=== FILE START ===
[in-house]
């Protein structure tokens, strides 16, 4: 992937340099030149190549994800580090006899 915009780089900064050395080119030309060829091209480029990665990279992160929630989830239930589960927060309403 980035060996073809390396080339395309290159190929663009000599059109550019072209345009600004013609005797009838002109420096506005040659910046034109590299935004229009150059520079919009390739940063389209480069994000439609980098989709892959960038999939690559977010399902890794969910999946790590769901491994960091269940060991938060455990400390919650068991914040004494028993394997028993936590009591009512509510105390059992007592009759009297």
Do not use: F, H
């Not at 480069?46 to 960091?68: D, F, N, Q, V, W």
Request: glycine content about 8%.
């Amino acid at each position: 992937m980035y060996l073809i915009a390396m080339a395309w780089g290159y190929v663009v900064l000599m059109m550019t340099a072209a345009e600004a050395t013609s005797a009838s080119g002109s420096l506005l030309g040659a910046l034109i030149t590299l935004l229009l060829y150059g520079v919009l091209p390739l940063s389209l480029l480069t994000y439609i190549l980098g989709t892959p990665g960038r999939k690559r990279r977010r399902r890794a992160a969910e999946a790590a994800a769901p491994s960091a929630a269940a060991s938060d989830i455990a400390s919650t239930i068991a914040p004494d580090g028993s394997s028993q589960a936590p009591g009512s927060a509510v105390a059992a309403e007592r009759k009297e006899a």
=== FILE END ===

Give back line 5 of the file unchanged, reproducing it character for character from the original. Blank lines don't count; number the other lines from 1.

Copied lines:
Request: glycine content about 8%.